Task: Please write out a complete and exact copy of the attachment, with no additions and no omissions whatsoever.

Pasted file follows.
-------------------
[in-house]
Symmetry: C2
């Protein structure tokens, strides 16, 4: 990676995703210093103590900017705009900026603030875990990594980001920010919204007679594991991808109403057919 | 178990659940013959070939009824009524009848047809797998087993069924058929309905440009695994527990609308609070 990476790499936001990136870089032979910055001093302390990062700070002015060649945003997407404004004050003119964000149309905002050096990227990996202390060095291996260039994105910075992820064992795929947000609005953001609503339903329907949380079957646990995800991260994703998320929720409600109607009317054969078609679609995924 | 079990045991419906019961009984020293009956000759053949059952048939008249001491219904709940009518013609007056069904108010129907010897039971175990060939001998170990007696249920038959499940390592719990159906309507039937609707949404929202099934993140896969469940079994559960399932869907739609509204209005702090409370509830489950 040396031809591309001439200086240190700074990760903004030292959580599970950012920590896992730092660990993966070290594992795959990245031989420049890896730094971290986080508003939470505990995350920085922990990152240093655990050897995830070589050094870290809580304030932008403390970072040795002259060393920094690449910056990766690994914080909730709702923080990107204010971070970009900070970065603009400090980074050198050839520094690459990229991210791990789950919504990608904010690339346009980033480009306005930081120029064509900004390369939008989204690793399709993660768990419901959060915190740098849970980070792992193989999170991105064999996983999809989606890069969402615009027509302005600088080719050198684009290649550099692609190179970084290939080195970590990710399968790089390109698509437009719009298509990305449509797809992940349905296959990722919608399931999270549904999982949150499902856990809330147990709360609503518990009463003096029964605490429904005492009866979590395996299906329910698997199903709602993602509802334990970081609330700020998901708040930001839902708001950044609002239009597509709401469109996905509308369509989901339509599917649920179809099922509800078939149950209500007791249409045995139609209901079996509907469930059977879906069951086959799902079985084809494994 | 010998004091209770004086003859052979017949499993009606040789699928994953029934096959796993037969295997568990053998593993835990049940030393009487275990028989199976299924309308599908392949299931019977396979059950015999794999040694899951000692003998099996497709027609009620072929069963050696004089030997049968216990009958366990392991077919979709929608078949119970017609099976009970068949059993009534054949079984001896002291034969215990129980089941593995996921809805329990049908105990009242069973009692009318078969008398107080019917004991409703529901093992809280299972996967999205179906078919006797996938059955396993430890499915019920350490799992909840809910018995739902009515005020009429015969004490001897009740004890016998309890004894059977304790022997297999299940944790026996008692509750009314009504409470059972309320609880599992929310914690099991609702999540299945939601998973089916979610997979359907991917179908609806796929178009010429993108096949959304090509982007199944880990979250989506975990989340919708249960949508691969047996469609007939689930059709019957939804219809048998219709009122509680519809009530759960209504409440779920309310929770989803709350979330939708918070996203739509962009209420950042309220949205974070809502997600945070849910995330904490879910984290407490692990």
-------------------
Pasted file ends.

[in-house]
Symmetry: C2
């Protein structure tokens, strides 16, 4: 990676995703210093103590900017705009900026603030875990990594980001920010919204007679594991991808109403057919 | 178990659940013959070939009824009524009848047809797998087993069924058929309905440009695994527990609308609070 990476790499936001990136870089032979910055001093302390990062700070002015060649945003997407404004004050003119964000149309905002050096990227990996202390060095291996260039994105910075992820064992795929947000609005953001609503339903329907949380079957646990995800991260994703998320929720409600109607009317054969078609679609995924 | 079990045991419906019961009984020293009956000759053949059952048939008249001491219904709940009518013609007056069904108010129907010897039971175990060939001998170990007696249920038959499940390592719990159906309507039937609707949404929202099934993140896969469940079994559960399932869907739609509204209005702090409370509830489950 040396031809591309001439200086240190700074990760903004030292959580599970950012920590896992730092660990993966070290594992795959990245031989420049890896730094971290986080508003939470505990995350920085922990990152240093655990050897995830070589050094870290809580304030932008403390970072040795002259060393920094690449910056990766690994914080909730709702923080990107204010971070970009900070970065603009400090980074050198050839520094690459990229991210791990789950919504990608904010690339346009980033480009306005930081120029064509900004390369939008989204690793399709993660768990419901959060915190740098849970980070792992193989999170991105064999996983999809989606890069969402615009027509302005600088080719050198684009290649550099692609190179970084290939080195970590990710399968790089390109698509437009719009298509990305449509797809992940349905296959990722919608399931999270549904999982949150499902856990809330147990709360609503518990009463003096029964605490429904005492009866979590395996299906329910698997199903709602993602509802334990970081609330700020998901708040930001839902708001950044609002239009597509709401469109996905509308369509989901339509599917649920179809099922509800078939149950209500007791249409045995139609209901079996509907469930059977879906069951086959799902079985084809494994 | 010998004091209770004086003859052979017949499993009606040789699928994953029934096959796993037969295997568990053998593993835990049940030393009487275990028989199976299924309308599908392949299931019977396979059950015999794999040694899951000692003998099996497709027609009620072929069963050696004089030997049968216990009958366990392991077919979709929608078949119970017609099976009970068949059993009534054949079984001896002291034969215990129980089941593995996921809805329990049908105990009242069973009692009318078969008398107080019917004991409703529901093992809280299972996967999205179906078919006797996938059955396993430890499915019920350490799992909840809910018995739902009515005020009429015969004490001897009740004890016998309890004894059977304790022997297999299940944790026996008692509750009314009504409470059972309320609880599992929310914690099991609702999540299945939601998973089916979610997979359907991917179908609806796929178009010429993108096949959304090509982007199944880990979250989506975990989340919708249960949508691969047996469609007939689930059709019957939804219809048998219709009122509680519809009530759960209504409440779920309310929770989803709350979330939708918070996203739509962009209420950042309220949205974070809502997600945070849910995330904490879910984290407490692990």